The removal of several stop signs around Guyton has improved the flow of traffic, but it’s also meant more speeding — a lot more.
“Since we took the stop signs down, we knew it would be a problem,” Guyton Police Chief and interim city manager Randy Alexander said.
Alexander said his officers will do selective enforcement, going to different streets where stop signs were removed on different days and at different times.
“We’ve written numerous citations,” he said. “But it seems to be getting worse.”
One of the citations, the chief said, was for a driver doing 51 mph in a 25 mph zone.
Guyton citizens complained that there were too many stop signs, so police officers took out 13 stop signs along Magnolia, Pine and Church streets.
“We knew there would be a tradeoff,” Alexander said. “But it makes it easier to speed. Now there is more speeding. It’s getting to the point that it’s almost every other car.”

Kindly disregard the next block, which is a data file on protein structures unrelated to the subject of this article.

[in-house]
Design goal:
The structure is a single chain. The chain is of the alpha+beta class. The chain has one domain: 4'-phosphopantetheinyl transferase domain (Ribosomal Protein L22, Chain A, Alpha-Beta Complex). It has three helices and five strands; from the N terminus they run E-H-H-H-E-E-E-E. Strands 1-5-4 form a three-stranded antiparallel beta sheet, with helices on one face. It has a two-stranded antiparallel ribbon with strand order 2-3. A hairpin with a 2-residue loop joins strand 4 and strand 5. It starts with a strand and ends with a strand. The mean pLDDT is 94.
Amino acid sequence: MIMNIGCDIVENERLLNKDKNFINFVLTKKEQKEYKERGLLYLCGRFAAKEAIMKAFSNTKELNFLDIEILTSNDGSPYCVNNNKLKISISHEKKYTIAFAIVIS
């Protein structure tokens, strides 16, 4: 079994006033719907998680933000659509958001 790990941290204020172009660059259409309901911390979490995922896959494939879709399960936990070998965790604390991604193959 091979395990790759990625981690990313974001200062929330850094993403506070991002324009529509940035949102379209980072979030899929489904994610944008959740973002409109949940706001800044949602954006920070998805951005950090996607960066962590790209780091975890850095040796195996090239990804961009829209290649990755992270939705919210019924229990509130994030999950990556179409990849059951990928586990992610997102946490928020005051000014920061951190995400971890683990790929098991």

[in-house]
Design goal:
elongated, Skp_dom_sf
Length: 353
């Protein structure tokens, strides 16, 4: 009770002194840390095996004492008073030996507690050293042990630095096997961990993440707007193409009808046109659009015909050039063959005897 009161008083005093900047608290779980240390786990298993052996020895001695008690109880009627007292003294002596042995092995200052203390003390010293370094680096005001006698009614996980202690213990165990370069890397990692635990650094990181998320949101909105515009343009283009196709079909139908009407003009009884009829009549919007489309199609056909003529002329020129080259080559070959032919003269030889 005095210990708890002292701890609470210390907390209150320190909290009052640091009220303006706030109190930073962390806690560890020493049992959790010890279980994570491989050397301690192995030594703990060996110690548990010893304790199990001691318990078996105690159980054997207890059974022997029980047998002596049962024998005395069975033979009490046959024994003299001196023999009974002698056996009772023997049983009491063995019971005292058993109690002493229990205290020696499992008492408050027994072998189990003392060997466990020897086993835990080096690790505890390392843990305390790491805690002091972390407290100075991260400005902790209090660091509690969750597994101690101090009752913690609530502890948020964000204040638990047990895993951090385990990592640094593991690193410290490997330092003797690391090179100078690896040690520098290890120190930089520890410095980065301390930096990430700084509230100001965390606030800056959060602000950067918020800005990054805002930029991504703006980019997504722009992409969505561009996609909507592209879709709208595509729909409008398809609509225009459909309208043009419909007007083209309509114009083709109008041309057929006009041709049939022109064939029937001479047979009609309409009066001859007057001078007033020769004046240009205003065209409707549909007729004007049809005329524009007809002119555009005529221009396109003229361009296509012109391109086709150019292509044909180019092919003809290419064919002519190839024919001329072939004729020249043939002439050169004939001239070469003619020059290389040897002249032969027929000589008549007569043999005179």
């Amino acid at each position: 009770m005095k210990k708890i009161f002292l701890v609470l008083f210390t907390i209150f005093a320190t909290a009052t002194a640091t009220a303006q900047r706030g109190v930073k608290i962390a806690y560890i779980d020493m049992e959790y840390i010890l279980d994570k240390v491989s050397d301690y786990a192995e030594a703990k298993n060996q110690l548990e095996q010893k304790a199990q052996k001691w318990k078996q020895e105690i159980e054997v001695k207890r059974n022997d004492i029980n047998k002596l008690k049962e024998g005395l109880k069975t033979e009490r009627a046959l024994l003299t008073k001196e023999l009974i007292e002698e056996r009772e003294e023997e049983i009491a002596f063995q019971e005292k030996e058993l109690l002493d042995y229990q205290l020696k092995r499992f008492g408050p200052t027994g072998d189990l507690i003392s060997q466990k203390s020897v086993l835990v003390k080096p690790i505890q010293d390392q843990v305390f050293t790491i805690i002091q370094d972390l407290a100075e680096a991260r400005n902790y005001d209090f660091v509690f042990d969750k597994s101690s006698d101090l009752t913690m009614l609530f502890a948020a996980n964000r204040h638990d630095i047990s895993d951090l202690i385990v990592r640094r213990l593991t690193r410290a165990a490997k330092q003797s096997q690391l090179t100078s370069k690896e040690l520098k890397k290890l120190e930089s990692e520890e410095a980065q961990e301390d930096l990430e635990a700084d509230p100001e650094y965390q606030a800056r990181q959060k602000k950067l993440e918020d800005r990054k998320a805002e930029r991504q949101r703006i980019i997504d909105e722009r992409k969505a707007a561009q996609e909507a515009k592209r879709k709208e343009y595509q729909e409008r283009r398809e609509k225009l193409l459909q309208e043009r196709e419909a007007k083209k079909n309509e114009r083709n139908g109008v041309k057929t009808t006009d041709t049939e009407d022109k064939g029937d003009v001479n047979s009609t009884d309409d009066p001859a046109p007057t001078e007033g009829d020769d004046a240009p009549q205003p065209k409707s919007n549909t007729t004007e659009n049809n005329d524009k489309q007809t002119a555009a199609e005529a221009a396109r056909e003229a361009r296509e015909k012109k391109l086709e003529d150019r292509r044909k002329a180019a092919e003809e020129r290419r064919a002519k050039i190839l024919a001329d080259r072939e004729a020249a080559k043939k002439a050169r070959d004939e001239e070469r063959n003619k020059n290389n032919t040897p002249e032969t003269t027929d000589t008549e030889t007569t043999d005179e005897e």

Alexander said he hopes the police department can get the word out that officers will be on the lookout for speeders.
“We want to work with the people,” he said. “We took the stop signs down, but we need the support of the people.”
Guyton residents told Alexander and city council they appreciated the improved flow of traffic.
Alexander said he does not want to put in speed bumps on those streets where stop signs were removed. Damage to cars caused by speed bumps is often dumped in a city’s lap.
“I won’t recommend speed bumps because of the liability to the city,” he said.